Hyperlocal Mapping in Syria

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A brand new start up, First Mile Geo, which specializes in developing GIS tools for research in developing countries, has helped analyze and map out the Syrian conflict at the neighborhood level in the country’s largest city, Aleppo.  In order to create a report commissioned by the American Security ProjectCaerus Associates, a research firm based out of Washington D.C. that specializes in complex conflict affected environments, partnered with First Mile Geo to spatially analyze important issues affecting the neighborhood of Aleppo.

Nathanial Rosenblatt, Senior Analyst from Caerus Associates, noted that Syria is an information rich but analytically poor environment.  Over a period from September 2013 to January 2014, researchers from the consulting firm conducted a hyperlocal assessment of the city’s 56 neighborhoods in order to develop a fine-grained understanding of the conflict.  Information gathering including a monthly survey of 561 residents as well as biweekly assessments at checkpoints and bakeries.  Matthew McNabb, the CEO of First Mile Geo, called this effort the “highest fidelity project conducted on the conflict showing the situation street block-by-street block inside Aleppo over a four month period. We ran hyperlocal assessments across the city’s 56 neighborhoods, then hit play.”

For example, a poll was done to analyze who the local residents considered to be the leader of Syria.  Rosenblatt reported that by analyzing the information at a hyperlocal level, they were able to demonstrate that not overall did residents of Aleppo not identify any one person as the legitimate leader of Syria, but that the distribution of those respondents was even across the city, showing a uniformity to how the residents were feeling about Syrian leadership.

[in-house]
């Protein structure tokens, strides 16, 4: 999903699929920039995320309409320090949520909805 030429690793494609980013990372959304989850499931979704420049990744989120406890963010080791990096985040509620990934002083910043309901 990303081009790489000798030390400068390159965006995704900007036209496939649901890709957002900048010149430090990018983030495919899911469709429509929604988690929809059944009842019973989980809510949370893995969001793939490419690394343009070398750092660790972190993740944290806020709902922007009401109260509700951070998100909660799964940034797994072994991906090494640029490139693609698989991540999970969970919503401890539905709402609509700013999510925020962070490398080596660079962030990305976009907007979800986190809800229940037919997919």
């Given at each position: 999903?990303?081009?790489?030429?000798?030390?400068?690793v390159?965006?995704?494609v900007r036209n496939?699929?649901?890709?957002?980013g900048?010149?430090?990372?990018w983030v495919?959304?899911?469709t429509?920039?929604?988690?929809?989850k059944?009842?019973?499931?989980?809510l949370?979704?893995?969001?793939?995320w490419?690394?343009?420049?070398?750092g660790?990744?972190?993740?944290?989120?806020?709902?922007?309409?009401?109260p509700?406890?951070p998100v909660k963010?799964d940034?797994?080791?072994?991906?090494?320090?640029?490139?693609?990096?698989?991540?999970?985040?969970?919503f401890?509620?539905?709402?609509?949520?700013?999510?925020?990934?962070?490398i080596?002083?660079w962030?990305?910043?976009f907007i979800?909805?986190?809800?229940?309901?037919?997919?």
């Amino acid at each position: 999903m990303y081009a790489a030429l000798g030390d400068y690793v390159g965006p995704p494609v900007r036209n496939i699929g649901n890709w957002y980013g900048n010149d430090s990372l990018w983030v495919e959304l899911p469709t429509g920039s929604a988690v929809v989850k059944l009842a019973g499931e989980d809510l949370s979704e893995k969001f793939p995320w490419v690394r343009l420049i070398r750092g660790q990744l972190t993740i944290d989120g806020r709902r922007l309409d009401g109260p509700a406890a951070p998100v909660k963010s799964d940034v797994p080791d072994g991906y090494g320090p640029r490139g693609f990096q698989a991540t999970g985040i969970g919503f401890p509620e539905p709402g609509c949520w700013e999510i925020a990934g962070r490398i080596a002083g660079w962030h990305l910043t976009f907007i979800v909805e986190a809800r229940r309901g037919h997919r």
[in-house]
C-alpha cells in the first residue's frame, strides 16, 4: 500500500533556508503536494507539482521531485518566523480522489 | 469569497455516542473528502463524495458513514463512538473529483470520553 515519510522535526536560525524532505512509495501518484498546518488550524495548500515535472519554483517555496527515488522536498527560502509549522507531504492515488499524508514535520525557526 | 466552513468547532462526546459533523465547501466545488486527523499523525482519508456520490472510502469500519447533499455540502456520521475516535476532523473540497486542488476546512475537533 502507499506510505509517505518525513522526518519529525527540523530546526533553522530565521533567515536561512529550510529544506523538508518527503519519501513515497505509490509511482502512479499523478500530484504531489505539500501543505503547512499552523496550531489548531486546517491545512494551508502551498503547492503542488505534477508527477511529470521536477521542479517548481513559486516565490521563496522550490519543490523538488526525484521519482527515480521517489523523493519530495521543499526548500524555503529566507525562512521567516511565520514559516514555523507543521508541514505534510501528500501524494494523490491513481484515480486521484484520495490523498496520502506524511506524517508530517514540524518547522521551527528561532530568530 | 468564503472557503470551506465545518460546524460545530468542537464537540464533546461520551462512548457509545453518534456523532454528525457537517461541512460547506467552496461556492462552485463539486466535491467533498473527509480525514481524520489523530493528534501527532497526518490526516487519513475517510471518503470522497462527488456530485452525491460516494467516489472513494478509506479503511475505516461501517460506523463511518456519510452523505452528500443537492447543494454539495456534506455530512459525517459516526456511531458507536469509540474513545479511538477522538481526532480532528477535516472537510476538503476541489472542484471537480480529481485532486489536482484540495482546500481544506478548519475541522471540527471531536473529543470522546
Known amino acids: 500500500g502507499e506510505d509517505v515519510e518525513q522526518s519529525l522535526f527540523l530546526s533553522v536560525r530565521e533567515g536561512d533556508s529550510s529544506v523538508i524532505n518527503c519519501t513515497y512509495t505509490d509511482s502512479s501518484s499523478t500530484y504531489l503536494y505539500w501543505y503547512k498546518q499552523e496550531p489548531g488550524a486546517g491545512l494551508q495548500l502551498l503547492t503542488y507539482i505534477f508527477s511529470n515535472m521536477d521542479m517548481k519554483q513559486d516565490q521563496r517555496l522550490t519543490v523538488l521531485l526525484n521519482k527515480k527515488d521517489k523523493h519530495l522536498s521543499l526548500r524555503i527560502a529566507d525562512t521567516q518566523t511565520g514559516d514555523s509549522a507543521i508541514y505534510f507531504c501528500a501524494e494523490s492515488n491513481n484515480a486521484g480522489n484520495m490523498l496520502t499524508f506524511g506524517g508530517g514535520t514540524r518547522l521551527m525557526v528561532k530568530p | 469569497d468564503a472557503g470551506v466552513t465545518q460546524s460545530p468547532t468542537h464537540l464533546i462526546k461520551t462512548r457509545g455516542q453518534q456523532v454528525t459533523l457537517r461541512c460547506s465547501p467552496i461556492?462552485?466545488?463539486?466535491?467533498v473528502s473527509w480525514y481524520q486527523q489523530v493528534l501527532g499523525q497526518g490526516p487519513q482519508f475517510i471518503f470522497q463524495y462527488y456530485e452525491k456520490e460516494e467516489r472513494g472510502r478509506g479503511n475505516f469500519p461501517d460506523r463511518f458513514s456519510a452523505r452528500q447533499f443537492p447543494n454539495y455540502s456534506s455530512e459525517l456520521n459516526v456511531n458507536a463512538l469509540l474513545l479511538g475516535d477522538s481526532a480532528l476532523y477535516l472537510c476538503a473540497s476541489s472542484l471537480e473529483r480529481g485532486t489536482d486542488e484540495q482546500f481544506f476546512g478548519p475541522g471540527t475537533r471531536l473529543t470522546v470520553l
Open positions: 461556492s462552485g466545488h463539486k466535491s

Leadership map indicating that most residents of Aleppo recognize no party in Syria as the legitimate leadership.

Leadership map indicating that most residents of Aleppo recognize no party in Syria as the legitimate leadership.

The geographic analysis also tracked the movement of militant groups.  By geolocating militant groups such as the Islamic State of Iraq and Syria, (ISIS), researchers could not only know where the group was located but also understand how that group was interacting with and affecting local residents.  Answers to those fundamental questions help humanitarian agencies with aid distribution and other outreach efforts.  By asking a series of questions and scoring them, neighborhoods could be ranked based on their needs.

Map showing hyperlocal control of neighborhoods by the Islamic State of Iraq and Syria (ISIS).

Map showing hyperlocal control of neighborhoods by the Islamic State of Iraq and Syria (ISIS).

More about the Aleppo mapping project can be accessed from First Mile Geo’s case study page on Aleppo.  The page includes an open data  form where legitimate organizations can request access to the data. From this page, links to the full report on Aleppo can also be accessed.

First Mile Geo has developed a straightforward system that allowed decisions makers the ability to receive near real-time information about changes in Syria and not to have to wait for analysts to produce reports.  First Mile Geo’s interface is simple, intuitive, and intended to be “agnostic”, meaning that users can leverage its tools for any purpose.  Designed for environments that are low-tech, First Mile Geo’s tools are intended to easily convert data gathered from pen and paper based surveys into easily visualized and shareable online outputs such as maps.

 



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